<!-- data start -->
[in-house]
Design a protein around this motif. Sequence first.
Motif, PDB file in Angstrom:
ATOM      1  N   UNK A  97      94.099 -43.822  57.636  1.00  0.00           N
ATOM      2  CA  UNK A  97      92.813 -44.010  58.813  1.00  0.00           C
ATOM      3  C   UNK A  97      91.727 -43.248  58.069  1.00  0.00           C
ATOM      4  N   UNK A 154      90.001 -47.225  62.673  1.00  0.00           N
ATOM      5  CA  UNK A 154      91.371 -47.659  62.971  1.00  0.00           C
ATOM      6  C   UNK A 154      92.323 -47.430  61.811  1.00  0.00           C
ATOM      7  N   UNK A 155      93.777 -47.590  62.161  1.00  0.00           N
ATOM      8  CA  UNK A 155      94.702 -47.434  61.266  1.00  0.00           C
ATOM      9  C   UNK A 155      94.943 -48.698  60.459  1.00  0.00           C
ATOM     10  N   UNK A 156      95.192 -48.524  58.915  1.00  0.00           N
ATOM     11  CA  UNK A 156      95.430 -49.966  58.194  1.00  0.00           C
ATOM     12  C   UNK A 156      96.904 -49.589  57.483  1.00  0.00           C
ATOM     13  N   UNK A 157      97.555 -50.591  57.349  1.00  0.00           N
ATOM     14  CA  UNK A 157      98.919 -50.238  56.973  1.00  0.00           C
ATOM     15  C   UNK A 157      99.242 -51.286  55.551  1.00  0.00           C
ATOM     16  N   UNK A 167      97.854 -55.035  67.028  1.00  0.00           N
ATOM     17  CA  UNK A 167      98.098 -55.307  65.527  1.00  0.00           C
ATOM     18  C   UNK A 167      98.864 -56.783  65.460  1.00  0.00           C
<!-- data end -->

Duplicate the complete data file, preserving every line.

[in-house]
Design a protein around this motif. Sequence first.
Motif, PDB file in Angstrom:
ATOM      1  N   UNK A  97      94.099 -43.822  57.636  1.00  0.00           N
ATOM      2  CA  UNK A  97      92.813 -44.010  58.813  1.00  0.00           C
ATOM      3  C   UNK A  97      91.727 -43.248  58.069  1.00  0.00           C
ATOM      4  N   UNK A 154      90.001 -47.225  62.673  1.00  0.00           N
ATOM      5  CA  UNK A 154      91.371 -47.659  62.971  1.00  0.00           C
ATOM      6  C   UNK A 154      92.323 -47.430  61.811  1.00  0.00           C
ATOM      7  N   UNK A 155      93.777 -47.590  62.161  1.00  0.00           N
ATOM      8  CA  UNK A 155      94.702 -47.434  61.266  1.00  0.00           C
ATOM      9  C   UNK A 155      94.943 -48.698  60.459  1.00  0.00           C
ATOM     10  N   UNK A 156      95.192 -48.524  58.915  1.00  0.00           N
ATOM     11  CA  UNK A 156      95.430 -49.966  58.194  1.00  0.00           C
ATOM     12  C   UNK A 156      96.904 -49.589  57.483  1.00  0.00           C
ATOM     13  N   UNK A 157      97.555 -50.591  57.349  1.00  0.00           N
ATOM     14  CA  UNK A 157      98.919 -50.238  56.973  1.00  0.00           C
ATOM     15  C   UNK A 157      99.242 -51.286  55.551  1.00  0.00           C
ATOM     16  N   UNK A 167      97.854 -55.035  67.028  1.00  0.00           N
ATOM     17  CA  UNK A 167      98.098 -55.307  65.527  1.00  0.00           C
ATOM     18  C   UNK A 167      98.864 -56.783  65.460  1.00  0.00           C